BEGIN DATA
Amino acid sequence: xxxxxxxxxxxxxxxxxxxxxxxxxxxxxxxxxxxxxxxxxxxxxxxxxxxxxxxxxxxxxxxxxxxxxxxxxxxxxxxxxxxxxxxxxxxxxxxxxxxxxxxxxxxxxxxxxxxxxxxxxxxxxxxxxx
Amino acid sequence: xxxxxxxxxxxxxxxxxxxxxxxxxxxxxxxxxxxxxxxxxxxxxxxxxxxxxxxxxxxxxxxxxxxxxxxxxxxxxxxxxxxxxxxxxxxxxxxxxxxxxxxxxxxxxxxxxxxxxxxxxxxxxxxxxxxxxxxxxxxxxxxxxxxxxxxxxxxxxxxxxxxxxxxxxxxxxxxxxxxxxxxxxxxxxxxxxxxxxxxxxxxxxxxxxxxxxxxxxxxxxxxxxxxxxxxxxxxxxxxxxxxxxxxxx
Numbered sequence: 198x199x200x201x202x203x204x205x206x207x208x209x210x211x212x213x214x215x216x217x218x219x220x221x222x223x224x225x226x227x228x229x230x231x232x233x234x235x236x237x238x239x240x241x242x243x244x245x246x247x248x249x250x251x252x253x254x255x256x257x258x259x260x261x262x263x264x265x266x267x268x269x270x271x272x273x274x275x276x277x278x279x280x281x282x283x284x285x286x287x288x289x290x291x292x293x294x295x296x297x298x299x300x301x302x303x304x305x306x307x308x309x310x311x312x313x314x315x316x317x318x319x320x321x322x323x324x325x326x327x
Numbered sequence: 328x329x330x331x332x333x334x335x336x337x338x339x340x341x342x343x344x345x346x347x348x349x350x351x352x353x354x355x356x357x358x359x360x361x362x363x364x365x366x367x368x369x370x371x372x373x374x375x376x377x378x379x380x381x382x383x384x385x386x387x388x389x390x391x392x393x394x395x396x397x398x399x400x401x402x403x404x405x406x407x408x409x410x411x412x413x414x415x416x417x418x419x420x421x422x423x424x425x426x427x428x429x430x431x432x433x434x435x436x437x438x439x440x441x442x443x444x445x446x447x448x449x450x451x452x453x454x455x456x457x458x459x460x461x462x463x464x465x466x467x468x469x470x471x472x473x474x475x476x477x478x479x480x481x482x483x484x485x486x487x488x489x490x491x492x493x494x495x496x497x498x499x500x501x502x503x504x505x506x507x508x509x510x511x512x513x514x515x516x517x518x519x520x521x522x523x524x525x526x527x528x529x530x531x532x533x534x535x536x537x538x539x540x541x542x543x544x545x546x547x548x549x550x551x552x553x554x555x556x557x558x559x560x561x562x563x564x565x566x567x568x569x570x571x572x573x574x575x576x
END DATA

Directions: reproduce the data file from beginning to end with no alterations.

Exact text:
Amino acid sequence: xxxxxxxxxxxxxxxxxxxxxxxxxxxxxxxxxxxxxxxxxxxxxxxxxxxxxxxxxxxxxxxxxxxxxxxxxxxxxxxxxxxxxxxxxxxxxxxxxxxxxxxxxxxxxxxxxxxxxxxxxxxxxxxxxx
Amino acid sequence: xxxxxxxxxxxxxxxxxxxxxxxxxxxxxxxxxxxxxxxxxxxxxxxxxxxxxxxxxxxxxxxxxxxxxxxxxxxxxxxxxxxxxxxxxxxxxxxxxxxxxxxxxxxxxxxxxxxxxxxxxxxxxxxxxxxxxxxxxxxxxxxxxxxxxxxxxxxxxxxxxxxxxxxxxxxxxxxxxxxxxxxxxxxxxxxxxxxxxxxxxxxxxxxxxxxxxxxxxxxxxxxxxxxxxxxxxxxxxxxxxxxxxxxxx
Numbered sequence: 198x199x200x201x202x203x204x205x206x207x208x209x210x211x212x213x214x215x216x217x218x219x220x221x222x223x224x225x226x227x228x229x230x231x232x233x234x235x236x237x238x239x240x241x242x243x244x245x246x247x248x249x250x251x252x253x254x255x256x257x258x259x260x261x262x263x264x265x266x267x268x269x270x271x272x273x274x275x276x277x278x279x280x281x282x283x284x285x286x287x288x289x290x291x292x293x294x295x296x297x298x299x300x301x302x303x304x305x306x307x308x309x310x311x312x313x314x315x316x317x318x319x320x321x322x323x324x325x326x327x
Numbered sequence: 328x329x330x331x332x333x334x335x336x337x338x339x340x341x342x343x344x345x346x347x348x349x350x351x352x353x354x355x356x357x358x359x360x361x362x363x364x365x366x367x368x369x370x371x372x373x374x375x376x377x378x379x380x381x382x383x384x385x386x387x388x389x390x391x392x393x394x395x396x397x398x399x400x401x402x403x404x405x406x407x408x409x410x411x412x413x414x415x416x417x418x419x420x421x422x423x424x425x426x427x428x429x430x431x432x433x434x435x436x437x438x439x440x441x442x443x444x445x446x447x448x449x450x451x452x453x454x455x456x457x458x459x460x461x462x463x464x465x466x467x468x469x470x471x472x473x474x475x476x477x478x479x480x481x482x483x484x485x486x487x488x489x490x491x492x493x494x495x496x497x498x499x500x501x502x503x504x505x506x507x508x509x510x511x512x513x514x515x516x517x518x519x520x521x522x523x524x525x526x527x528x529x530x531x532x533x534x535x536x537x538x539x540x541x542x543x544x545x546x547x548x549x550x551x552x553x554x555x556x557x558x559x560x561x562x563x564x565x566x567x568x569x570x571x572x573x574x575x576x